Insolvent, insufficient, and inefficient, it’s time to reform unemployment insurance

During the Great Recession, 36 state unemployment trust funds became insolvent. That means that the state funds had distributed all of their reserves, that claims for unemployment payouts exceeded the taxes being collected, and that the state was required to borrow money in order to pay all the claims that came in. The federal government, for its part, filled in the gaping holes left by the states’ underfunded unemployment trusts by extending federal programs to the unemployed to the tune of $180 billion.

The unemployment insurance program is considered a federal-state partnership. States fund 90% of the benefits provided to recipients (except when the economy experiences a significant downturn), determine eligibility requirements, and set the level and duration of benefits offered. However, the federal government has an overriding interest in the health and security of these programs. As during the Great Recession, the federal government steps in when states cannot pay out claims. But the federal government has an even broader interest in making sure these programs are operating in the black – because the federal government has a duty to maintain the overall strength and stability of the national economy.

What happened during the Great Recession indicates that the unemployment insurance (UI) program is in need of reform. And this is no surprise. The UI program was established during the Great Depression through the Social Security Act of 1935 and has remained largely the same since that era. But problems have become obvious.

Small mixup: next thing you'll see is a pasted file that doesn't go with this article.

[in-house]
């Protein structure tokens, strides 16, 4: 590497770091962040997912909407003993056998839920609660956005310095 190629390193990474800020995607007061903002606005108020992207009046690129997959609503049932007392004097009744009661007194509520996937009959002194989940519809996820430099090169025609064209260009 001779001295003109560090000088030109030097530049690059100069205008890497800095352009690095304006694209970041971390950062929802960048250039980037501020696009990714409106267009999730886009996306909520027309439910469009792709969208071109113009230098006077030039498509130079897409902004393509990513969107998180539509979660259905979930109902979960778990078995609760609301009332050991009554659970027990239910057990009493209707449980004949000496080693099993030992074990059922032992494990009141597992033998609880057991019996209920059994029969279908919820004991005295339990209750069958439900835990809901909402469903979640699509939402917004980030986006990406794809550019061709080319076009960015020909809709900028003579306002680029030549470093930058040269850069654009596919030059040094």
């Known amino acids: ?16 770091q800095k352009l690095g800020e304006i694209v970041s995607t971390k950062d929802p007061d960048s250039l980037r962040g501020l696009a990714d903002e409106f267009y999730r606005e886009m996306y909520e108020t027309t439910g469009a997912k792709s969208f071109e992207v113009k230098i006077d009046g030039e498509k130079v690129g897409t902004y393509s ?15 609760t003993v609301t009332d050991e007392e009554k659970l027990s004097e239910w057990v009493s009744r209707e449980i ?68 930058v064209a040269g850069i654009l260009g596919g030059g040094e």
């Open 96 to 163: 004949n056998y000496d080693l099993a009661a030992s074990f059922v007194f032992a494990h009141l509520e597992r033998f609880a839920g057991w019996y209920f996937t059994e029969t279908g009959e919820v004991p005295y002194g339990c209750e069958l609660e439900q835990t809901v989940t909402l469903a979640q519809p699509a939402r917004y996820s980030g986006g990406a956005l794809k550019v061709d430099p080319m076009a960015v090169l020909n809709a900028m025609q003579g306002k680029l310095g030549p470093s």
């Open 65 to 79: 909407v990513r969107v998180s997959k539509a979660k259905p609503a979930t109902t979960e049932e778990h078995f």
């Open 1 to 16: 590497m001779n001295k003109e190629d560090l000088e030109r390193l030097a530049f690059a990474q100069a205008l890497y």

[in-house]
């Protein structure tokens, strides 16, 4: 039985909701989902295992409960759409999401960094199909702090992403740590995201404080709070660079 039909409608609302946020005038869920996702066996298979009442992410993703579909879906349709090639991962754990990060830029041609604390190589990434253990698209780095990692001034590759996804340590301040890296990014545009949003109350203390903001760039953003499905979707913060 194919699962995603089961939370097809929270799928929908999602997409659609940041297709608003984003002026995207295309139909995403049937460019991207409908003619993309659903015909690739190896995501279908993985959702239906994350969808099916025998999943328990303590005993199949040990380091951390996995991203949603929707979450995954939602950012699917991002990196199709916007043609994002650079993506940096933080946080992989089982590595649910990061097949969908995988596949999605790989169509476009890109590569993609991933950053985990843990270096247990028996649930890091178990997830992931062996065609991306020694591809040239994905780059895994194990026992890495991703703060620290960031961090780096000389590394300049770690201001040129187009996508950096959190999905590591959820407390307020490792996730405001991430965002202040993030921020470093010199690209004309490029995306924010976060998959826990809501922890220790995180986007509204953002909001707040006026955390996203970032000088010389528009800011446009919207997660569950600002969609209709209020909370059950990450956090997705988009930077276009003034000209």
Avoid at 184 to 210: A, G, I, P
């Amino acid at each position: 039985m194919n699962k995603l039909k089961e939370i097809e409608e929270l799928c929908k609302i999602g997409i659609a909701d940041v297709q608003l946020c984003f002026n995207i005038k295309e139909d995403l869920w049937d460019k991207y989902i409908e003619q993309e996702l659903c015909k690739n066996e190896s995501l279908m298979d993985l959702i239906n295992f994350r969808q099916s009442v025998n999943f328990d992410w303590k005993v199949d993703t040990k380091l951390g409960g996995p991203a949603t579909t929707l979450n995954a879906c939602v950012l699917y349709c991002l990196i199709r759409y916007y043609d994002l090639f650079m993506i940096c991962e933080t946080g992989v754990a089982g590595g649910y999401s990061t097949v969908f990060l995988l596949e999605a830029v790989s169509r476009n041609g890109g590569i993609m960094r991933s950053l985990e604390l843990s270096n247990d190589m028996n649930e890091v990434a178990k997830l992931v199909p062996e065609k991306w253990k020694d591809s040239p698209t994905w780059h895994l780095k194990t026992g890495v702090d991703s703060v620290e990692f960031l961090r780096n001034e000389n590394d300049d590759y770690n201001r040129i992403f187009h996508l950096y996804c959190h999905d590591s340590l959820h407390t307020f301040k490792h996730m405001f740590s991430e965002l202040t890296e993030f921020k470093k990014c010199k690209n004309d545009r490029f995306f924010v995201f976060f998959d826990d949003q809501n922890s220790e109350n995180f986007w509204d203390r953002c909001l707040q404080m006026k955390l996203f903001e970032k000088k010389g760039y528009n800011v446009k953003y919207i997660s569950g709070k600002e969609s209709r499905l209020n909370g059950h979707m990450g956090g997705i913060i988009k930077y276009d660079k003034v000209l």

For one, states set their own policies regarding how to fund their UI programs and what benefits they will distribute to claimants, and it became clear that those funds had become chronically underfunded. States were not complying with recommended guidance regarding the level of reserves they should have in the trust.

As for the benefits provided to recipients, they are rarely sufficient to cover the basic costs of living. With payments that amount to less than half of what a worker was making prior to becoming unemployed, the system does not succeed in offering the social protection envisioned. As a result, unemployment even with UI benefits leads to widespread economic insecurity. What’s more – only 35% of those without a job qualify for UI benefits. What do the other 65% of the unemployed do?

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